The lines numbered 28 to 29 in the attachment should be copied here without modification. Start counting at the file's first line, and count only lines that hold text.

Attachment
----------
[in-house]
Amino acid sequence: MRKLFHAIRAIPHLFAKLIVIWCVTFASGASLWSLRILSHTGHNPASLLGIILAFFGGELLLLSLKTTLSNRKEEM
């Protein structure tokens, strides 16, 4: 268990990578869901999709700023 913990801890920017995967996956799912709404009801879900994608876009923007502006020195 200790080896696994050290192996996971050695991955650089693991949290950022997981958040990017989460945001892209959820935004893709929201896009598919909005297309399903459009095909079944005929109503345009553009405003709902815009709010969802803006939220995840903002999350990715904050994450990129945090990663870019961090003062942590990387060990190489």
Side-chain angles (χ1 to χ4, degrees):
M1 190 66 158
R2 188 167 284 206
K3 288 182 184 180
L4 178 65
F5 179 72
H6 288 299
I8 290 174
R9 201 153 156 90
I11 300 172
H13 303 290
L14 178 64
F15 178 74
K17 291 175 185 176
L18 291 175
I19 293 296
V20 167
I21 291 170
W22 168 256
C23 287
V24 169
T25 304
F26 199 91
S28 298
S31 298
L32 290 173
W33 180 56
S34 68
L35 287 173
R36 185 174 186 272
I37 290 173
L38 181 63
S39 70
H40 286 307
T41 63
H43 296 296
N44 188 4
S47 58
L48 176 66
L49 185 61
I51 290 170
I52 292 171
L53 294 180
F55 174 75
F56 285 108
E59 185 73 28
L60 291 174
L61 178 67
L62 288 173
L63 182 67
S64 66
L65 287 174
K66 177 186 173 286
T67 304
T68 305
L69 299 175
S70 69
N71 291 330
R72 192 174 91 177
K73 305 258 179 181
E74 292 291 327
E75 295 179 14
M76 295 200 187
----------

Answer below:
S31 298
L32 290 173